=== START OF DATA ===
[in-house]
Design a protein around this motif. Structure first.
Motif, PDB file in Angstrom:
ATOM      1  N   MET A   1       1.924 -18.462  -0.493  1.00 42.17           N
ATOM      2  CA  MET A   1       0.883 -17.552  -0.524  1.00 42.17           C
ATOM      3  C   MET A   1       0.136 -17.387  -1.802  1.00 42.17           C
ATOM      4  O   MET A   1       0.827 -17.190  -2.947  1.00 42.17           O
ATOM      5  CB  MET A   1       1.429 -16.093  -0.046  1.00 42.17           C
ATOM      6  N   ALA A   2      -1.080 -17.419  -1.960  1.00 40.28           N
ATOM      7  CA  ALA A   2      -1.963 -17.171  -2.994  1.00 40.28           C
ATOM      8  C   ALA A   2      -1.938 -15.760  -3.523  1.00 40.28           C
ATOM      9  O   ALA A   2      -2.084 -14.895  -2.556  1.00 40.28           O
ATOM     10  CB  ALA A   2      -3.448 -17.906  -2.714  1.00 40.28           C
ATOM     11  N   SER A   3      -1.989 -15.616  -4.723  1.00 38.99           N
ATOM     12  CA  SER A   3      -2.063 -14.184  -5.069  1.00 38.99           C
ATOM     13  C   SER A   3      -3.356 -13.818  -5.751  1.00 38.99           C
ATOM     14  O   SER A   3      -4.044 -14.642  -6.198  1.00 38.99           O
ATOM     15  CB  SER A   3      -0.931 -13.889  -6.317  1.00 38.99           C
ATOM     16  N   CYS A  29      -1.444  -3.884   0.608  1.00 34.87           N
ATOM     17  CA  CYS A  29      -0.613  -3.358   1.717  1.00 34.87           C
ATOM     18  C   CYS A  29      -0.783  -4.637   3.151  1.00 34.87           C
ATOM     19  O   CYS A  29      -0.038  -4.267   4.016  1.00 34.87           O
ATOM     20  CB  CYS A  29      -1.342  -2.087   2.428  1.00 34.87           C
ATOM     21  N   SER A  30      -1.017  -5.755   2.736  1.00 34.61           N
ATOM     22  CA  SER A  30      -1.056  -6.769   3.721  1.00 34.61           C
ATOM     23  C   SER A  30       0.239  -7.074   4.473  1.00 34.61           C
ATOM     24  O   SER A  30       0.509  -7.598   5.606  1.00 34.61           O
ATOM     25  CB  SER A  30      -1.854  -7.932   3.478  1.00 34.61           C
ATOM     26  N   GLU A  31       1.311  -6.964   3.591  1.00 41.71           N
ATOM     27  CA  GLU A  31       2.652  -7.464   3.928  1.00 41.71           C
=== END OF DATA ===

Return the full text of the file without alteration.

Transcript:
[in-house]
Design a protein around this motif. Structure first.
Motif, PDB file in Angstrom:
ATOM      1  N   MET A   1       1.924 -18.462  -0.493  1.00 42.17           N
ATOM      2  CA  MET A   1       0.883 -17.552  -0.524  1.00 42.17           C
ATOM      3  C   MET A   1       0.136 -17.387  -1.802  1.00 42.17           C
ATOM      4  O   MET A   1       0.827 -17.190  -2.947  1.00 42.17           O
ATOM      5  CB  MET A   1       1.429 -16.093  -0.046  1.00 42.17           C
ATOM      6  N   ALA A   2      -1.080 -17.419  -1.960  1.00 40.28           N
ATOM      7  CA  ALA A   2      -1.963 -17.171  -2.994  1.00 40.28           C
ATOM      8  C   ALA A   2      -1.938 -15.760  -3.523  1.00 40.28           C
ATOM      9  O   ALA A   2      -2.084 -14.895  -2.556  1.00 40.28           O
ATOM     10  CB  ALA A   2      -3.448 -17.906  -2.714  1.00 40.28           C
ATOM     11  N   SER A   3      -1.989 -15.616  -4.723  1.00 38.99           N
ATOM     12  CA  SER A   3      -2.063 -14.184  -5.069  1.00 38.99           C
ATOM     13  C   SER A   3      -3.356 -13.818  -5.751  1.00 38.99           C
ATOM     14  O   SER A   3      -4.044 -14.642  -6.198  1.00 38.99           O
ATOM     15  CB  SER A   3      -0.931 -13.889  -6.317  1.00 38.99           C
ATOM     16  N   CYS A  29      -1.444  -3.884   0.608  1.00 34.87           N
ATOM     17  CA  CYS A  29      -0.613  -3.358   1.717  1.00 34.87           C
ATOM     18  C   CYS A  29      -0.783  -4.637   3.151  1.00 34.87           C
ATOM     19  O   CYS A  29      -0.038  -4.267   4.016  1.00 34.87           O
ATOM     20  CB  CYS A  29      -1.342  -2.087   2.428  1.00 34.87           C
ATOM     21  N   SER A  30      -1.017  -5.755   2.736  1.00 34.61           N
ATOM     22  CA  SER A  30      -1.056  -6.769   3.721  1.00 34.61           C
ATOM     23  C   SER A  30       0.239  -7.074   4.473  1.00 34.61           C
ATOM     24  O   SER A  30       0.509  -7.598   5.606  1.00 34.61           O
ATOM     25  CB  SER A  30      -1.854  -7.932   3.478  1.00 34.61           C
ATOM     26  N   GLU A  31       1.311  -6.964   3.591  1.00 41.71           N
ATOM     27  CA  GLU A  31       2.652  -7.464   3.928  1.00 41.71           C